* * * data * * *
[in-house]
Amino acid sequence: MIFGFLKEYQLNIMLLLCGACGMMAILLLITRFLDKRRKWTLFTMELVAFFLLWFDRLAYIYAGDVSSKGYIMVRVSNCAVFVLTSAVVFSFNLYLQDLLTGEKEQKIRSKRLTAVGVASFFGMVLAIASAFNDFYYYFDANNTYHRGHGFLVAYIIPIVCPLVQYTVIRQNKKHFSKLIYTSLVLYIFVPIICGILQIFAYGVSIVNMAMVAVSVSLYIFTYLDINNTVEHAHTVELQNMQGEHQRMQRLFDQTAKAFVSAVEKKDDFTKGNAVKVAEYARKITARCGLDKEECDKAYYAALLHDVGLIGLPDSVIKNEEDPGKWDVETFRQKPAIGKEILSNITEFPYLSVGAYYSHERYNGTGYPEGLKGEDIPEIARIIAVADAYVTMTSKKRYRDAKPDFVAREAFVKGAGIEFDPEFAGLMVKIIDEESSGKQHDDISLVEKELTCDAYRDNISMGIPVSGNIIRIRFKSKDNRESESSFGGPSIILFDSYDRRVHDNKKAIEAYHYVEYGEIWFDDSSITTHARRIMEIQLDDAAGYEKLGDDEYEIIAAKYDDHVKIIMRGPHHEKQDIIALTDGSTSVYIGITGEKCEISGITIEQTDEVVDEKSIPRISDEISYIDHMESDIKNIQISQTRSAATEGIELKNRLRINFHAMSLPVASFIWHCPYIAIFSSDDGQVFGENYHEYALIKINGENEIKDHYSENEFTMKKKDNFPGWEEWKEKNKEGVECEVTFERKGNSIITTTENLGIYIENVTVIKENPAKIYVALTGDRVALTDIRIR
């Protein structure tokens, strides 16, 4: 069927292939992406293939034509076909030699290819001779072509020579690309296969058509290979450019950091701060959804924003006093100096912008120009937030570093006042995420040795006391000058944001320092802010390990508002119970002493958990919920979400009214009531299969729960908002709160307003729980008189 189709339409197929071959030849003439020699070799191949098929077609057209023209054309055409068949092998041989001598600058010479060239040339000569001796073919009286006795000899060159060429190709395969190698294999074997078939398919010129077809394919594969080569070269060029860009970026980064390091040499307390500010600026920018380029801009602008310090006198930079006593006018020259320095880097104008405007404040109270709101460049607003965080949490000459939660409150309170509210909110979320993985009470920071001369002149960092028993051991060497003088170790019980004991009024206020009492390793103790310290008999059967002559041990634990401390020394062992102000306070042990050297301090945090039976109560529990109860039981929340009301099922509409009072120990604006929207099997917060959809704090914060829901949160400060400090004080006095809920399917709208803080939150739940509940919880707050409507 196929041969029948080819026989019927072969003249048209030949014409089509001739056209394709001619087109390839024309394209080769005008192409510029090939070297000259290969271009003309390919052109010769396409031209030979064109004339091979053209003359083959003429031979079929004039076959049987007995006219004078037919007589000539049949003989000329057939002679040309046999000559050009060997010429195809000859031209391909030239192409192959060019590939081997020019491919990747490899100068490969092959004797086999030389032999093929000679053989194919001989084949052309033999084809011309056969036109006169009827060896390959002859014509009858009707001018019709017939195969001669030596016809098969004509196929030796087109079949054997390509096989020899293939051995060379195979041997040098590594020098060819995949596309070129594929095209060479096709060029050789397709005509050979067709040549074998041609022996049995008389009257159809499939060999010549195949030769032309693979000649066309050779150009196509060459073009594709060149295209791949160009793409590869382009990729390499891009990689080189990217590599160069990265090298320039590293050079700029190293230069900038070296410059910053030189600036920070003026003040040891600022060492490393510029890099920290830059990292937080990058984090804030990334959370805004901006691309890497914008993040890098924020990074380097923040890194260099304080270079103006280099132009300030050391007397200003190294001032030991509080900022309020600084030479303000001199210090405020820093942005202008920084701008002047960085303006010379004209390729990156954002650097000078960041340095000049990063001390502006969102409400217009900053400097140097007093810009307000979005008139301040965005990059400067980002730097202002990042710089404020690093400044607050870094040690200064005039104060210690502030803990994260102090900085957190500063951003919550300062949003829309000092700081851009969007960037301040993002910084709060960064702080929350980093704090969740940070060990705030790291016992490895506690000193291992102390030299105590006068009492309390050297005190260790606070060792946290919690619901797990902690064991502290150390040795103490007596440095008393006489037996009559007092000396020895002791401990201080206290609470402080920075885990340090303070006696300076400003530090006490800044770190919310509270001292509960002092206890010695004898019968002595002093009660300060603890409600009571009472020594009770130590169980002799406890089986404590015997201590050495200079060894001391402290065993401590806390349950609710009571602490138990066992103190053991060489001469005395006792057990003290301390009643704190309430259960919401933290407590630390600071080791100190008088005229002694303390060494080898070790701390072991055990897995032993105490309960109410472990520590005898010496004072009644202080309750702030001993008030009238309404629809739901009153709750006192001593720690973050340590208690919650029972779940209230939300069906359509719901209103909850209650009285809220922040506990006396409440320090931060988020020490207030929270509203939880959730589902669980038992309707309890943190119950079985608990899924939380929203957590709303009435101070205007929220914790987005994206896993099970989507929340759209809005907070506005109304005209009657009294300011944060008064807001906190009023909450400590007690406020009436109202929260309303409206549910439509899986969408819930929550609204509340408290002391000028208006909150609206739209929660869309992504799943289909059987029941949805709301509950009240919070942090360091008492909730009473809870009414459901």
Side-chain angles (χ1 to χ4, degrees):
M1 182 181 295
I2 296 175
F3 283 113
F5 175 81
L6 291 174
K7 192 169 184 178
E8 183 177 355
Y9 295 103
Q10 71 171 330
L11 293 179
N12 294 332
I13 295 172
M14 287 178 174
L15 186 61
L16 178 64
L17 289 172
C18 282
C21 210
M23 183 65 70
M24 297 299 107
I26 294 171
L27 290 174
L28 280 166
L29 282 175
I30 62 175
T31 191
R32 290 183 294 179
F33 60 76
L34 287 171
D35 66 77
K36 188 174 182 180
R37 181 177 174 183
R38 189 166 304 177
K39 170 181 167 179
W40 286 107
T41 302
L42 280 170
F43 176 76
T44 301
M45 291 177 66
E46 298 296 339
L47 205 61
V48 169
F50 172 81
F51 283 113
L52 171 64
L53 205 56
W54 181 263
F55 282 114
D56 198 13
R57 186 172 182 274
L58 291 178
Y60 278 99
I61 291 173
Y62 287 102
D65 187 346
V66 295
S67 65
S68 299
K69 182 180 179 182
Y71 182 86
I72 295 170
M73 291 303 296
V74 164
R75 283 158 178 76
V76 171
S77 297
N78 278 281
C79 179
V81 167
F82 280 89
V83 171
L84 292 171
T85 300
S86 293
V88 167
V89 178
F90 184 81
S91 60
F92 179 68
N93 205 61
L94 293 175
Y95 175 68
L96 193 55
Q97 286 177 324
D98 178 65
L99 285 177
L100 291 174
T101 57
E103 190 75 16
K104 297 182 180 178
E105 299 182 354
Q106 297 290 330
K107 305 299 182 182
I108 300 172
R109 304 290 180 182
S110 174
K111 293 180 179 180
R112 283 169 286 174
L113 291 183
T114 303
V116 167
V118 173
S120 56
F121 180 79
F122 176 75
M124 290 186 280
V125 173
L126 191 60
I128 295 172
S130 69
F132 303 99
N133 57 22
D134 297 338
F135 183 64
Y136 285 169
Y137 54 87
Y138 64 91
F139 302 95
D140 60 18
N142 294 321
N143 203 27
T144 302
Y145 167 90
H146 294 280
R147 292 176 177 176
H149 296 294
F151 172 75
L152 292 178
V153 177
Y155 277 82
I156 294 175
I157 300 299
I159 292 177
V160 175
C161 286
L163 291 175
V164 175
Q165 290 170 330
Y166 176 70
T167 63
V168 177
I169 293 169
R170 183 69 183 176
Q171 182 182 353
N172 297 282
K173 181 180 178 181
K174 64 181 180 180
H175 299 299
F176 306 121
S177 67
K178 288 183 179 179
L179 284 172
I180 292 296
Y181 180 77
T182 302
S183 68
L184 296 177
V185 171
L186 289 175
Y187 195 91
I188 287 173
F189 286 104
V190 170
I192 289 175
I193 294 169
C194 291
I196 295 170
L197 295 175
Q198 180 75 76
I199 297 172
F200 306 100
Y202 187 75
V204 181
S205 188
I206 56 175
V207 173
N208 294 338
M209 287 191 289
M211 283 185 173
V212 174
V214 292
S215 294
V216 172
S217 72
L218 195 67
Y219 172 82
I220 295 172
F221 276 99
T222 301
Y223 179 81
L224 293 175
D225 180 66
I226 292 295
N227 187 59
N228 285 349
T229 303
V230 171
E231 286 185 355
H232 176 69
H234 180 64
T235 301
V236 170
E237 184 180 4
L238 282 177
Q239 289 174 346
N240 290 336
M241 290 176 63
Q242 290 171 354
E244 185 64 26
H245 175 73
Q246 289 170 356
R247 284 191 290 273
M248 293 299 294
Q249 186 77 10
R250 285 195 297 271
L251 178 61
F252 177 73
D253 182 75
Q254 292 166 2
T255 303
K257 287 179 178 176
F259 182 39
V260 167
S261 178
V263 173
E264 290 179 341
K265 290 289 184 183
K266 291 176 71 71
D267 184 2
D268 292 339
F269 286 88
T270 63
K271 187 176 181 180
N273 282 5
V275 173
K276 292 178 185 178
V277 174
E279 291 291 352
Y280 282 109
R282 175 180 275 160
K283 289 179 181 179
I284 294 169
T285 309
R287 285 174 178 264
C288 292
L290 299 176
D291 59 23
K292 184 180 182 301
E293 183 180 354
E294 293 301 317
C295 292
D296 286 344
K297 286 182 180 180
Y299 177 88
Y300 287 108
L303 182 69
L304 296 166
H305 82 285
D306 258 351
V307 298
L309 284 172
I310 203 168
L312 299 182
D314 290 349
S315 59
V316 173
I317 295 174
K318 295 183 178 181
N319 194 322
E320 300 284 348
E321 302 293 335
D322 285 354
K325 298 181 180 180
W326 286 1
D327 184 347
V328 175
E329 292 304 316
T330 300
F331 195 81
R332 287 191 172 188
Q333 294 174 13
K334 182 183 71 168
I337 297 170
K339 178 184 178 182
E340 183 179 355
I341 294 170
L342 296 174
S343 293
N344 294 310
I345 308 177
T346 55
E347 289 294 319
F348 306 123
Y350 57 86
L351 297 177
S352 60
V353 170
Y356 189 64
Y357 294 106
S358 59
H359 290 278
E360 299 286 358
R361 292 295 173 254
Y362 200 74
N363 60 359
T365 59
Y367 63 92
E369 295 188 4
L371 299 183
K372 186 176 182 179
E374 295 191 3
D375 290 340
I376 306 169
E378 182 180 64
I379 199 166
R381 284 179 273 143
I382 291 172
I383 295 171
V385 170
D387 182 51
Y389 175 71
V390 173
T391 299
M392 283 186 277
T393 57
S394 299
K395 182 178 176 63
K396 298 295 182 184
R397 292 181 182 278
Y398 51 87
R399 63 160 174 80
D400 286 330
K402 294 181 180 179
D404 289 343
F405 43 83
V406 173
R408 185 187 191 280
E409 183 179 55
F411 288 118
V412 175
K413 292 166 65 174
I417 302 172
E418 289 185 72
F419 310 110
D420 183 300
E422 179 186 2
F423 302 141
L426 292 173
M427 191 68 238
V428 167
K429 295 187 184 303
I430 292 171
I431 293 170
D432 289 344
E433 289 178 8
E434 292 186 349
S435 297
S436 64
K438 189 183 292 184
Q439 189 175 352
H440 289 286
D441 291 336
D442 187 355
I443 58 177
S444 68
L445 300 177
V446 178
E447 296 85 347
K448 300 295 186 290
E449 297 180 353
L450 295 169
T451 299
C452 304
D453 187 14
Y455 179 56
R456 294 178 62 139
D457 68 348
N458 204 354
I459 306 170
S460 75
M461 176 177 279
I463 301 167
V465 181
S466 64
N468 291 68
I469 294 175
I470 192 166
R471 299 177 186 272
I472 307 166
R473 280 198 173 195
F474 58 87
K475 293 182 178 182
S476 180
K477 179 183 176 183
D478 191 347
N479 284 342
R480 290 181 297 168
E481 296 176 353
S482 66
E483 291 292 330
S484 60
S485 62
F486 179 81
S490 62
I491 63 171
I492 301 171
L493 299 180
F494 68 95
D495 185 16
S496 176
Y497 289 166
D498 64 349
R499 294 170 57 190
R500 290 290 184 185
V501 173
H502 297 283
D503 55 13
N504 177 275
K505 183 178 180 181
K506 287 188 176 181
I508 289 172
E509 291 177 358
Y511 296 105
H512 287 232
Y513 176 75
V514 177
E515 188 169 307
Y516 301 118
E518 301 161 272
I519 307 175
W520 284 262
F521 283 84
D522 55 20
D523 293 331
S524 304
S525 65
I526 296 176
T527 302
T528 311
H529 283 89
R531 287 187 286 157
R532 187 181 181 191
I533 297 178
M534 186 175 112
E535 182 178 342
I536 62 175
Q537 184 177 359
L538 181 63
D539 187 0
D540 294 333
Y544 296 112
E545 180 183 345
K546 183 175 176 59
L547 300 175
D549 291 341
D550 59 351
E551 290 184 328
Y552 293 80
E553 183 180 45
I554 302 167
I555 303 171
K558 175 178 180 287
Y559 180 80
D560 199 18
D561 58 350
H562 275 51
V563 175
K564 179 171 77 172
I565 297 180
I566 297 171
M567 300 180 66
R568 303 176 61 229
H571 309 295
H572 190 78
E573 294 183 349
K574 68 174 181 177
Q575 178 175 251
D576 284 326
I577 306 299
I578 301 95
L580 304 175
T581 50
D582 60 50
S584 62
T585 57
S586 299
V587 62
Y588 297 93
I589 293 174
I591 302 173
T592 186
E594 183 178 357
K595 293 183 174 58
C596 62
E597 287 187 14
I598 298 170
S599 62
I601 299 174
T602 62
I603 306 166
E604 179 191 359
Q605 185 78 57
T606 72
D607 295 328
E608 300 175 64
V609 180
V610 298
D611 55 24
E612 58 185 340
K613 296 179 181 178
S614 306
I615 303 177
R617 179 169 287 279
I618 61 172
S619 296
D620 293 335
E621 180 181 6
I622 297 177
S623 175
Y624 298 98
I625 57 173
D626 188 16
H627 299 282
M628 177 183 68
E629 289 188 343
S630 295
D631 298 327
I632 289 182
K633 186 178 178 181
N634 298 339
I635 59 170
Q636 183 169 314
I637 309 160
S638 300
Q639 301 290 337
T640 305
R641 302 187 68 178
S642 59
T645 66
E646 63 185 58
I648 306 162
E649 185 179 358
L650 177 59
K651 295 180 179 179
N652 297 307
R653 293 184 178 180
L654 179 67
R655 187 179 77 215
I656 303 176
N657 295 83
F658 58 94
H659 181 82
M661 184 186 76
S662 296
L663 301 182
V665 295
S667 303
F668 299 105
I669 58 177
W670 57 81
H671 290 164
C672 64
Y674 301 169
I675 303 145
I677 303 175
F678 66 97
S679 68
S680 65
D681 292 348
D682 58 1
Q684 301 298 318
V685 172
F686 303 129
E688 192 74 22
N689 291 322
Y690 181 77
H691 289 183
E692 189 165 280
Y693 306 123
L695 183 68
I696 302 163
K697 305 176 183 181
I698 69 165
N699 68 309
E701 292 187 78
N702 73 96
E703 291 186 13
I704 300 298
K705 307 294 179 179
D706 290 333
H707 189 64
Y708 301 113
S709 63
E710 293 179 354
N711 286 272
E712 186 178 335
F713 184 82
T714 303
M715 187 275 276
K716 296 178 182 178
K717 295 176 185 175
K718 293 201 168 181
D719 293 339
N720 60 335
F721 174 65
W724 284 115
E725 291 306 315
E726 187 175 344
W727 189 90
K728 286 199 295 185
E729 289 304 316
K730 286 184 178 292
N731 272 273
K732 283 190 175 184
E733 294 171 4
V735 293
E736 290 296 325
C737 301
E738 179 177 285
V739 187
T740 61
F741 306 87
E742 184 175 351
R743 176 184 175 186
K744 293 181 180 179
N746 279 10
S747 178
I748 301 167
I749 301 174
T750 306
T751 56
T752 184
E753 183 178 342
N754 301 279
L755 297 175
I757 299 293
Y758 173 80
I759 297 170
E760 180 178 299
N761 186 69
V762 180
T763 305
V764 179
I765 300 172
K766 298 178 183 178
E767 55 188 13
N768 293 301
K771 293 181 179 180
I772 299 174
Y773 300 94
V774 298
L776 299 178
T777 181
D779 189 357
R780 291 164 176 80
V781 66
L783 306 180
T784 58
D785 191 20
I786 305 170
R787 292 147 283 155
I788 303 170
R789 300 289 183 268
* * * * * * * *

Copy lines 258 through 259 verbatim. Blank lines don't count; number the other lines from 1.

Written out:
K297 286 182 180 180
Y299 177 88